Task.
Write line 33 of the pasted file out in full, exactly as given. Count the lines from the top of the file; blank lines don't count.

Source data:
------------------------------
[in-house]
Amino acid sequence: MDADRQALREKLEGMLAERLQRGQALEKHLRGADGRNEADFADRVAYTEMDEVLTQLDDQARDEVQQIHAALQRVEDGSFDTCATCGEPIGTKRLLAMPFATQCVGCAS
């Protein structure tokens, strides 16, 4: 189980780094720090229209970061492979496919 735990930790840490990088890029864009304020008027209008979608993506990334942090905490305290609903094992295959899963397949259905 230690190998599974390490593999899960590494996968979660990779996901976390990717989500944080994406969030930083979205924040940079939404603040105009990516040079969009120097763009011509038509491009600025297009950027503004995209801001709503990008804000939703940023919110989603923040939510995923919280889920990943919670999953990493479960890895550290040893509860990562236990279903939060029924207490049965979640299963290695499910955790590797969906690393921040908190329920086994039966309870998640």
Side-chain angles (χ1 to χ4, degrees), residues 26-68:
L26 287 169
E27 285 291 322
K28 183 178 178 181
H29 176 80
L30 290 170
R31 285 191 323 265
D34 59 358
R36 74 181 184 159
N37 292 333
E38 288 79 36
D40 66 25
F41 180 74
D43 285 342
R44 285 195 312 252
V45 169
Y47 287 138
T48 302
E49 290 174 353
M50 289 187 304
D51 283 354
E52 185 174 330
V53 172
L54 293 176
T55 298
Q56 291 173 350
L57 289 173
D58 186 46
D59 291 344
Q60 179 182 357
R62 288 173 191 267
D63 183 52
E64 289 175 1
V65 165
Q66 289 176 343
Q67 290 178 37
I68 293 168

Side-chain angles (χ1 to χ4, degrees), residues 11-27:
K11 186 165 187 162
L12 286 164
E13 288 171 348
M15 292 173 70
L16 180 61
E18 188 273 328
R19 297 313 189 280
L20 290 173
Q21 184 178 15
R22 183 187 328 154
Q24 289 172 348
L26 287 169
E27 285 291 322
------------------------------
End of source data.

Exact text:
Q60 179 182 357